FEBRUARY 1: FCC FORM 499-Q, TELECOMMUNICATIONS REPORTING WORKSHEET. All telecommunications common carriers that expect to contribute more than $10,000 to federal Universal Service Fund (USF) support mechanisms must file this quarterly form. The FCC has modified this form in light of its decision to establish interim measures for USF contribution assessments. The form contains revenue information from the prior quarter plus projections for the next quarter. Form 499-Q relates only to USF contributions. It does not relate to the cost recovery mechanisms for the Telecommunications Relay Service (TRS) Fund, the North American Numbering Plan Administration (NANPA), and the shared costs of local number portability (LNP), which are covered in the annual Form 499-A that is due April 1.

BloostonLaw contacts: Ben Dickens, Gerry Duffy, and Sal Taillefer.

FEBRUARY 1: FCC FORM 502, NUMBER UTILIZATION AND FORECAST REPORT. Any wireless or wireline carrier (including paging companies) that have received number blocks—including 100, 1,000, or 10,000 number blocks—from the North American Numbering Plan Administrator (NANPA), a Pooling Administrator, or from another carrier, must file Form 502 by February 1. Carriers porting numbers for the purpose of transferring an established customer’s service to another service provider must also report, but the carrier receiving numbers through porting does not. Resold services should also be treated like ported numbers, meaning the carrier transferring the resold service to another carrier is required to report those numbers but the carrier receiving such numbers should not report them. Reporting carriers are required to include their FCC Registration Number (FRN). Reporting carriers file utilization and forecast reports semiannually on or before February 1 for the preceding six-month reporting period ending December 31, and on or before August 1 for the preceding six-month reporting period ending June 30.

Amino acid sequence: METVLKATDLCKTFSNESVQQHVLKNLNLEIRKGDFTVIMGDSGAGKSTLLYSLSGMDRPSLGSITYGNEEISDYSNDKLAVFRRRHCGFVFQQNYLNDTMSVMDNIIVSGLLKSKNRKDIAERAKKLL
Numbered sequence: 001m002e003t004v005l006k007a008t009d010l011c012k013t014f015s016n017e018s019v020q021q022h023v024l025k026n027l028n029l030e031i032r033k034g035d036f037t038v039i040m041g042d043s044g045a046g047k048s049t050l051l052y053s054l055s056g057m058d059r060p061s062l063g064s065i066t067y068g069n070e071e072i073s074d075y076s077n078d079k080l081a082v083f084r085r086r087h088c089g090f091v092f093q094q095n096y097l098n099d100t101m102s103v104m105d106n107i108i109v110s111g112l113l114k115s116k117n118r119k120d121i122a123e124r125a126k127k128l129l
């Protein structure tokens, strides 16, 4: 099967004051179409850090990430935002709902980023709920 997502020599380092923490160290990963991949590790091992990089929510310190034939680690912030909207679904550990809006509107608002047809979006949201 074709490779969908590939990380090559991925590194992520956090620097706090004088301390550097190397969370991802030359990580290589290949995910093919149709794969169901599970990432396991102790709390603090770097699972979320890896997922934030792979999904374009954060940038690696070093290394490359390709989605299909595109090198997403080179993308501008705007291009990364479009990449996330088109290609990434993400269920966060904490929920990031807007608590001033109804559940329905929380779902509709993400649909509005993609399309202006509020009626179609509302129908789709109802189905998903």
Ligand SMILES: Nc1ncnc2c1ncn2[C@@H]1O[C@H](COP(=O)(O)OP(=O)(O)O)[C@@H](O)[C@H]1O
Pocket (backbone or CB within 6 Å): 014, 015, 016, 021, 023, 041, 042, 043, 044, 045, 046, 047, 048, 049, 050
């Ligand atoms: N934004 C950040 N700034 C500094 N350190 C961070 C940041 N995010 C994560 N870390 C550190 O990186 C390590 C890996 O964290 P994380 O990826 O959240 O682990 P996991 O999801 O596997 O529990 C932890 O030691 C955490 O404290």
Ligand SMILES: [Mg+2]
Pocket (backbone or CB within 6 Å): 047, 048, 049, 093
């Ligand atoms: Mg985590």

BloostonLaw contacts: Ben Dickens, Gerry Duffy, and Sal Taillefer.

MARCH 1: COPYRIGHT STATEMENT OF ACCOUNT FORM FOR CABLE COMPANIES. This form, plus royalty payment for the second half of calendar year 2016, is due March 1. The form covers the period July 1 to December 31, 2016, and is due to be mailed directly to cable TV operators by the Library of Congress’ Copyright Office. If you do not receive the form, please contact Gerry Duffy.

BloostonLaw Contacts: Gerry Duffy.

MARCH 1: FCC FORM 477, LOCAL COMPETITION & BROADBAND REPORTING FORM. This annual form is due March 1 and September 1 annually. The FCC requires facilities-based wired, terrestrial fixed wireless, and satellite broadband service providers to report on FCC Form 477 the number of broadband subscribers they have in each census tract they serve. The Census Bureau changed the boundaries of some census tracts as part of the 2010 Census.

Specifically, three types of entities must file this form: